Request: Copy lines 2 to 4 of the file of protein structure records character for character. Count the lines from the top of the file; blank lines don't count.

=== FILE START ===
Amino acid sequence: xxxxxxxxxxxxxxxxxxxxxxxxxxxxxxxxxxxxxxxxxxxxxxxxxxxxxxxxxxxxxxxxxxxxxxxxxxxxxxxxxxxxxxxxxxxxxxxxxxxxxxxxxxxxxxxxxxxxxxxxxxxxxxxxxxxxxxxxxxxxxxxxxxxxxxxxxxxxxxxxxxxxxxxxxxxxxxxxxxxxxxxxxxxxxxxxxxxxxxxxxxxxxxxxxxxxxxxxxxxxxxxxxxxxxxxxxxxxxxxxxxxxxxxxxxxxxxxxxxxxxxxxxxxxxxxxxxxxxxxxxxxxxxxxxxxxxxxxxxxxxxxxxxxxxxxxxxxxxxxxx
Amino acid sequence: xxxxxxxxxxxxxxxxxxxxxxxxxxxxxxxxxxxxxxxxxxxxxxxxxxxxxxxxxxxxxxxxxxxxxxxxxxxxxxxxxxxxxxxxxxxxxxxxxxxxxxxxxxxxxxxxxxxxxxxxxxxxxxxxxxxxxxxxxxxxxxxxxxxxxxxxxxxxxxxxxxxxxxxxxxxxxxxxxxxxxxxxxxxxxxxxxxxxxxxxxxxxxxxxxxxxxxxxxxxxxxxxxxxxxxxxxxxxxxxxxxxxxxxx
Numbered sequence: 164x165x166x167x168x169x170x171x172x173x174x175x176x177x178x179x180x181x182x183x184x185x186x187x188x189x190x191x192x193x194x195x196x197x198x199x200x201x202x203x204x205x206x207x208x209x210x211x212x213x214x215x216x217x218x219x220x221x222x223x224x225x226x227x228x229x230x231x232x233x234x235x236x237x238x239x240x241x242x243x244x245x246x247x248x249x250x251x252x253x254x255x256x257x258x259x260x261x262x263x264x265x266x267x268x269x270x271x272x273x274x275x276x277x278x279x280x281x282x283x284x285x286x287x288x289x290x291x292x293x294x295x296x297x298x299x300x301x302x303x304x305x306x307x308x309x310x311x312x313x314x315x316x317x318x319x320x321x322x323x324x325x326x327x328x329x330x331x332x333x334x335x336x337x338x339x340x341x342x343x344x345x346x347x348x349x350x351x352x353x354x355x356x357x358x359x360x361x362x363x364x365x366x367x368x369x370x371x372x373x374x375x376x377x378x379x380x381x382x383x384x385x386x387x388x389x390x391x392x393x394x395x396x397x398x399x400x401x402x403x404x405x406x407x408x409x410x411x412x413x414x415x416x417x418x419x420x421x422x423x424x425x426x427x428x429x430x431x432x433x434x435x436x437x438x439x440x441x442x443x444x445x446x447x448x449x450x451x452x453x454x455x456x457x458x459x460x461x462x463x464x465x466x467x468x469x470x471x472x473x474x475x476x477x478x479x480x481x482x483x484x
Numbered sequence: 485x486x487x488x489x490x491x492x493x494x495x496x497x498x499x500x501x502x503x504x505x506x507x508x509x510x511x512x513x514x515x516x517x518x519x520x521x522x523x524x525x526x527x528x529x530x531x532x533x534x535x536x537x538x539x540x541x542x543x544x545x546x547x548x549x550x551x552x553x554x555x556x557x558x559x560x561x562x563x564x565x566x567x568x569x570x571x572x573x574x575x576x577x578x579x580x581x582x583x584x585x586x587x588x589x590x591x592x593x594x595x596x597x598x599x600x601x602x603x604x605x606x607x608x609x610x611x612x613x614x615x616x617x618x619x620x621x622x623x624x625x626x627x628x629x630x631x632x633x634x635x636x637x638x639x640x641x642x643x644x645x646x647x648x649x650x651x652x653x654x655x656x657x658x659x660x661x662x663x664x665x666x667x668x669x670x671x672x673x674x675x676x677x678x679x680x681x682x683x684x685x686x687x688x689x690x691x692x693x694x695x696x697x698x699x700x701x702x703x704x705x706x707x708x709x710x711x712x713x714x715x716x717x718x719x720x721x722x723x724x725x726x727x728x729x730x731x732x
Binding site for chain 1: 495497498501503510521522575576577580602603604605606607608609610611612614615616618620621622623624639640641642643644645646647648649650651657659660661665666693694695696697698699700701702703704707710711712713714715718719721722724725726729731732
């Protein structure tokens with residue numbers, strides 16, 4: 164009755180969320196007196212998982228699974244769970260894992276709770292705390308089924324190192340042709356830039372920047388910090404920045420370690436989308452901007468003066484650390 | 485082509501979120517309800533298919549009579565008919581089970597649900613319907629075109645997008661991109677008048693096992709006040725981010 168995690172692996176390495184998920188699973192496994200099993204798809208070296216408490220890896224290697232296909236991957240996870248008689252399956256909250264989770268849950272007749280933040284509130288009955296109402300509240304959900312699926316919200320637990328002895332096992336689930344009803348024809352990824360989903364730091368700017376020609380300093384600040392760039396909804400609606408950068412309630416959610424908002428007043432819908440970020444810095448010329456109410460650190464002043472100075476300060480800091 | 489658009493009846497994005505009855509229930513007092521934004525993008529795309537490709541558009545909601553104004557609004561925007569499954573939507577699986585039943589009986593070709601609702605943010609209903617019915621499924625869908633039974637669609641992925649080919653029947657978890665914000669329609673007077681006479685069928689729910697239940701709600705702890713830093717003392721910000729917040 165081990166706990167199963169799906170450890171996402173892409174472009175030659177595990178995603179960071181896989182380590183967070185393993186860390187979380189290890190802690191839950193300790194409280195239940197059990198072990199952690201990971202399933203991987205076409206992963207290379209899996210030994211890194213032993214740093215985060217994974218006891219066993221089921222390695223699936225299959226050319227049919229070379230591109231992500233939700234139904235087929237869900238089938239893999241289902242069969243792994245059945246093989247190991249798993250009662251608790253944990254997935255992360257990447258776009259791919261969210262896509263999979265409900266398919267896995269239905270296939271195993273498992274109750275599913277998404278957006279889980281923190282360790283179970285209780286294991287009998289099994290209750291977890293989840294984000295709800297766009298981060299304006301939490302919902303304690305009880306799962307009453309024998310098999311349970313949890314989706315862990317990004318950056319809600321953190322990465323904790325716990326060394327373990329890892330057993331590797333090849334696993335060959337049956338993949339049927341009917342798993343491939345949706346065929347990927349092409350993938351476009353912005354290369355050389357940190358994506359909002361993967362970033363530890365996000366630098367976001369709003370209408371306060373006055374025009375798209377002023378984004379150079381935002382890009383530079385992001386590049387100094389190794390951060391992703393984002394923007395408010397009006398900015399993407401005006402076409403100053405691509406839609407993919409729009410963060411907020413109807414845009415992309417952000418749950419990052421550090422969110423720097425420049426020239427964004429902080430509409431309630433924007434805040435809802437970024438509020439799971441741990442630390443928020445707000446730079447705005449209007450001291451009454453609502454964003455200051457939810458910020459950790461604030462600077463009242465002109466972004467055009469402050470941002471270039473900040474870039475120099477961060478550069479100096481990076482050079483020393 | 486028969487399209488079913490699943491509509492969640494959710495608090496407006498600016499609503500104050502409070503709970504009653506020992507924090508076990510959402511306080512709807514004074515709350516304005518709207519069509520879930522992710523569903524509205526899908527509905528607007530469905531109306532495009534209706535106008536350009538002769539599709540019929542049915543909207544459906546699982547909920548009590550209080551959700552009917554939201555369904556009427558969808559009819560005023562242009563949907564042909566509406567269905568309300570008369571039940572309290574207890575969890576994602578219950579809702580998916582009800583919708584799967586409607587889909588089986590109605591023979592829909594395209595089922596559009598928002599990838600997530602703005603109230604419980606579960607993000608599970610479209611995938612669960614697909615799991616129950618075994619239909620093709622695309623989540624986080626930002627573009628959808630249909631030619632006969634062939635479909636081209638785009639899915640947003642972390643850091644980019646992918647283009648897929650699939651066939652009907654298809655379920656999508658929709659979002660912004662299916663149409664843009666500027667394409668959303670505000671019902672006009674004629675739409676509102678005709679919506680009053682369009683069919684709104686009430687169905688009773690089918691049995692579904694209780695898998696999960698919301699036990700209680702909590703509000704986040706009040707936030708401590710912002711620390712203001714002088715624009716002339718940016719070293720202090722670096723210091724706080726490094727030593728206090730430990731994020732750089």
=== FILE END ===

Amino acid sequence: xxxxxxxxxxxxxxxxxxxxxxxxxxxxxxxxxxxxxxxxxxxxxxxxxxxxxxxxxxxxxxxxxxxxxxxxxxxxxxxxxxxxxxxxxxxxxxxxxxxxxxxxxxxxxxxxxxxxxxxxxxxxxxxxxxxxxxxxxxxxxxxxxxxxxxxxxxxxxxxxxxxxxxxxxxxxxxxxxxxxxxxxxxxxxxxxxxxxxxxxxxxxxxxxxxxxxxxxxxxxxxxxxxxxxxxxxxxxxxxxxxxxxxxx
Numbered sequence: 164x165x166x167x168x169x170x171x172x173x174x175x176x177x178x179x180x181x182x183x184x185x186x187x188x189x190x191x192x193x194x195x196x197x198x199x200x201x202x203x204x205x206x207x208x209x210x211x212x213x214x215x216x217x218x219x220x221x222x223x224x225x226x227x228x229x230x231x232x233x234x235x236x237x238x239x240x241x242x243x244x245x246x247x248x249x250x251x252x253x254x255x256x257x258x259x260x261x262x263x264x265x266x267x268x269x270x271x272x273x274x275x276x277x278x279x280x281x282x283x284x285x286x287x288x289x290x291x292x293x294x295x296x297x298x299x300x301x302x303x304x305x306x307x308x309x310x311x312x313x314x315x316x317x318x319x320x321x322x323x324x325x326x327x328x329x330x331x332x333x334x335x336x337x338x339x340x341x342x343x344x345x346x347x348x349x350x351x352x353x354x355x356x357x358x359x360x361x362x363x364x365x366x367x368x369x370x371x372x373x374x375x376x377x378x379x380x381x382x383x384x385x386x387x388x389x390x391x392x393x394x395x396x397x398x399x400x401x402x403x404x405x406x407x408x409x410x411x412x413x414x415x416x417x418x419x420x421x422x423x424x425x426x427x428x429x430x431x432x433x434x435x436x437x438x439x440x441x442x443x444x445x446x447x448x449x450x451x452x453x454x455x456x457x458x459x460x461x462x463x464x465x466x467x468x469x470x471x472x473x474x475x476x477x478x479x480x481x482x483x484x
Numbered sequence: 485x486x487x488x489x490x491x492x493x494x495x496x497x498x499x500x501x502x503x504x505x506x507x508x509x510x511x512x513x514x515x516x517x518x519x520x521x522x523x524x525x526x527x528x529x530x531x532x533x534x535x536x537x538x539x540x541x542x543x544x545x546x547x548x549x550x551x552x553x554x555x556x557x558x559x560x561x562x563x564x565x566x567x568x569x570x571x572x573x574x575x576x577x578x579x580x581x582x583x584x585x586x587x588x589x590x591x592x593x594x595x596x597x598x599x600x601x602x603x604x605x606x607x608x609x610x611x612x613x614x615x616x617x618x619x620x621x622x623x624x625x626x627x628x629x630x631x632x633x634x635x636x637x638x639x640x641x642x643x644x645x646x647x648x649x650x651x652x653x654x655x656x657x658x659x660x661x662x663x664x665x666x667x668x669x670x671x672x673x674x675x676x677x678x679x680x681x682x683x684x685x686x687x688x689x690x691x692x693x694x695x696x697x698x699x700x701x702x703x704x705x706x707x708x709x710x711x712x713x714x715x716x717x718x719x720x721x722x723x724x725x726x727x728x729x730x731x732x